Use sharp tools when pruning to minimise the risk of infection.
An example of the sheer weight of fruit pulling a branch down to ground – amazing! (image above)
Fruit – As I mentioned, our Meyer lemon tree is continuously in fruit and flower and I know it does sound a little over stated but I can’t recall a time in the past 8 years when our tree didn’t have fruit on it, besides when it was in its first year.
Even then, it fruited and that brings up a good point about de-fruiting when the tree is young. There is a common point of view that fruit trees should be de-fruited during the first few years so that the tree puts its energy into growing strong rather than producing fruit. However, I differ slightly and don’t see any harm in leaving a few fruit on a newly planted tree.
Naturally, if the small tree has several fruit than I would recommend picking most of them off but a few left on won’t hurt and I’ve seen no evidence of retarded growth due to leaving a small quantity fruit on a young tree, likewise I’ve seen no significant gains by removing all the fruit (which I have done many times before also).
As far as the fruit goes, the Meyer lemon is large and not overly seedy either, which is nice. Personally, I can’t rave on enough about its eating qualities and although it technically is crossed with an orange, I reckon it’s the best lemon.
Water – I’ve stated how hungry Meyer lemon trees are and they are also thirsty! This doesn’t mean they need to be watered every day but an established tree will need a really good soak and drinking at least once a week.
Sometimes it isn’t easy to keep the water up and Meyer lemons will cope with dry spells; however, it will take its toll on the fruit with a smaller sized end product and/or a more concentrated flavour. A water deprived Meyer lemon can even have dry fruit of such poor quality they aren’t worth eating and that’s a real waste for a tree to still produce fruit that can’t be used when a simple watering plan can make all the difference.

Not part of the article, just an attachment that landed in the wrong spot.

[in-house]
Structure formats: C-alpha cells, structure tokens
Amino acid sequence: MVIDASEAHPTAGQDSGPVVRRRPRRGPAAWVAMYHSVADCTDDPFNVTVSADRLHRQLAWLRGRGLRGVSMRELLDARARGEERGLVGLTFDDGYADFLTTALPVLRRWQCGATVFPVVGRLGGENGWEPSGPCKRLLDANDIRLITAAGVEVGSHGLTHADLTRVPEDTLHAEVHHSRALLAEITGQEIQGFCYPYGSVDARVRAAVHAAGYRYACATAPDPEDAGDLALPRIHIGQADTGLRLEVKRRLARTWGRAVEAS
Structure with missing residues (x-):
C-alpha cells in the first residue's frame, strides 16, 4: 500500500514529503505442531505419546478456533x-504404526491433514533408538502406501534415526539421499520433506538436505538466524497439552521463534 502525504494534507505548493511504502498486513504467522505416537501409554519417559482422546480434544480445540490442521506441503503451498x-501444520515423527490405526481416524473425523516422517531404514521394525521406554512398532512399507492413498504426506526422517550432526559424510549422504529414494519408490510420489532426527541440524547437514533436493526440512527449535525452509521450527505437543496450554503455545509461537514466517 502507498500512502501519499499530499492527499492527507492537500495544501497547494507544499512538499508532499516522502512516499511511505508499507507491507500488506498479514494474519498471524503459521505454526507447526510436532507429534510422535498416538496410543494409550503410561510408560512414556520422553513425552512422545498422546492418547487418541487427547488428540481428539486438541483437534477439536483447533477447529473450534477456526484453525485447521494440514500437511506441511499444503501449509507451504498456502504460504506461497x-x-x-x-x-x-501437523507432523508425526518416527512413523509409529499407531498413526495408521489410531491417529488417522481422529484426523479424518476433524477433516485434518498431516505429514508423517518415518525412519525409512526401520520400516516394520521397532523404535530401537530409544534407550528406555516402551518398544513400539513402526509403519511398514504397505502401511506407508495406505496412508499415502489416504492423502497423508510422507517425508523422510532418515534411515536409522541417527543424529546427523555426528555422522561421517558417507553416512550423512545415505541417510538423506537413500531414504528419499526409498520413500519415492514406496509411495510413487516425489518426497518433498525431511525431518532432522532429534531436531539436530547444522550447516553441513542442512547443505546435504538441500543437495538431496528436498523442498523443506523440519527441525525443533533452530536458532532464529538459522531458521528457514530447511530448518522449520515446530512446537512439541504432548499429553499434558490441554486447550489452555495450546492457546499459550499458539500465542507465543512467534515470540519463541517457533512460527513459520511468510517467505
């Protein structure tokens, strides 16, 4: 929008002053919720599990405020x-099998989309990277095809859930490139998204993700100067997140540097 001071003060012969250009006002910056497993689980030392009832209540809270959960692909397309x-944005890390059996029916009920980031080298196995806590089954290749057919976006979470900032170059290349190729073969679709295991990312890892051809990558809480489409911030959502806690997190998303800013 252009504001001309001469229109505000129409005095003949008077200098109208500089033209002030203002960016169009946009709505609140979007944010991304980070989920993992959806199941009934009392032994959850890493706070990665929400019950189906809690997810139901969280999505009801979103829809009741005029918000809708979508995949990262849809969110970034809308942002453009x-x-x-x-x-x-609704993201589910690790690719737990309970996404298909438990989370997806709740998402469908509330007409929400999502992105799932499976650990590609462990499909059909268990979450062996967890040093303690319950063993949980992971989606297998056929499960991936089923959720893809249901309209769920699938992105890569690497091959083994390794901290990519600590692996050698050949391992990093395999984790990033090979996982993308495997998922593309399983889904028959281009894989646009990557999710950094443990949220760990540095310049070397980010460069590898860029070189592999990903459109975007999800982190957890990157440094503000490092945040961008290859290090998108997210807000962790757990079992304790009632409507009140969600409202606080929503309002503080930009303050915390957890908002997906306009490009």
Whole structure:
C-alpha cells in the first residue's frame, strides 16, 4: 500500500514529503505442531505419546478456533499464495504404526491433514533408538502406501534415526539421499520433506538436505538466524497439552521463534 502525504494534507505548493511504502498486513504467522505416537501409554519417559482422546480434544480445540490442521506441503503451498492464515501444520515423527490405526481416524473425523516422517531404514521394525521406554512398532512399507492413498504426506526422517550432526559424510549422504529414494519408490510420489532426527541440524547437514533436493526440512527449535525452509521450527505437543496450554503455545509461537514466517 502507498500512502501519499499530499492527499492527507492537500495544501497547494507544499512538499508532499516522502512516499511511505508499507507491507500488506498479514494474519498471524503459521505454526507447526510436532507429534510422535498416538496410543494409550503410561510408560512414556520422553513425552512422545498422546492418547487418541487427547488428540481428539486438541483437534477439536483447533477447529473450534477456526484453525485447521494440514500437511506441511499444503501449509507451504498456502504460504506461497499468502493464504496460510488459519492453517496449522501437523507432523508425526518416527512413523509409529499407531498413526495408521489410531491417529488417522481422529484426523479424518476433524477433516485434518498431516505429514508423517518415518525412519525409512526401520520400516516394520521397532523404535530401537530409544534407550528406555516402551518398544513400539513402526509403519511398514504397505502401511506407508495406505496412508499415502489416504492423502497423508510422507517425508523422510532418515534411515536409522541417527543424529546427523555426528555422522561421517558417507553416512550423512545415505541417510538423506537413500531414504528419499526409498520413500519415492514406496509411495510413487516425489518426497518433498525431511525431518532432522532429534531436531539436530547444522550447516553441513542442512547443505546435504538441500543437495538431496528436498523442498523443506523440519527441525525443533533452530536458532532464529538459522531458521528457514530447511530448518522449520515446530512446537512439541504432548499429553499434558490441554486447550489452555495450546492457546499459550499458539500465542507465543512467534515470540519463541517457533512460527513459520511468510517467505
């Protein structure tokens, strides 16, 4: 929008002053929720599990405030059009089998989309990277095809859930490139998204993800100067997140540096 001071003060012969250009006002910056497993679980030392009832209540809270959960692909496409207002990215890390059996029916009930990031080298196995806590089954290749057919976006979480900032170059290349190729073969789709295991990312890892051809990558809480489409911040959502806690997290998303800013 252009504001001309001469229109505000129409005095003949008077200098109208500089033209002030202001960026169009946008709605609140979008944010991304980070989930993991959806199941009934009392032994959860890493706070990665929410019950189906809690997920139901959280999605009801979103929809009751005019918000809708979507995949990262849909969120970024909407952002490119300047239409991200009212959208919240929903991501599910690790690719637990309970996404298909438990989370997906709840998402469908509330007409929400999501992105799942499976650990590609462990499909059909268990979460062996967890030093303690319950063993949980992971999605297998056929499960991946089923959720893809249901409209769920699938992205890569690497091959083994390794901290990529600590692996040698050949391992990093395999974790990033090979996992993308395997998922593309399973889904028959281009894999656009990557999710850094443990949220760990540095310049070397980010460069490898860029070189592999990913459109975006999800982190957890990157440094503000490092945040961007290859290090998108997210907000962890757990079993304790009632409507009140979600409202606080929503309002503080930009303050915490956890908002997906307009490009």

Pests, diseases, deficiencies – If the Meyer lemon tree is kept healthy it is rarely infested with pests or severe disease. The most common problem I see with lemon trees is mineral deficiencies where a yellowing or prominent veiny appearance on the leaves is a dead set give away. A good dose of fertiliser and trace elements should fix this up within several weeks.
Aphids, citrus bugs (like bronze orange bug), citrus bud mite (deforms fruit), caterpillars, scale, gall wasp (where the stem swells in places), are all easy to control on a healthy tree by either manually removing or spraying with a natural low toxic remedy such as pest oil etc.
Honestly, I leave most pests on my trees and let the good guys (insects) get them. If an infestation breaks out I monitor the tree and if it is obvious the tree is in trouble, and the “good guys” are too busy, I may then spray with an organic remedy but usually I’ll just spend the time picking them off by hand.
Here’s the video I made about the Meyer lemon tree and how to make the most wonderful Meyer lemon marmalade or jam you could ever want to eat!
They say, every backyard should have a lemon tree and I think so too but make it a Meyer lemon! Pound for pound it will save money and earn its keep well within just a few years of planting – hell, you might even make money out of it by selling the jam or fruit because you’ll have plenty of it.
This is an amazing fruit tree and I rate it among the best and most valuable and most used trees in my garden… I’m not kidding.
If you would like to ask a question or say something about this post you can make a comment below, or join our forum and post your own question/POV in the fruit growing section, or even comment on the video itself via YouTube.
Mark Valencia – Editor SSM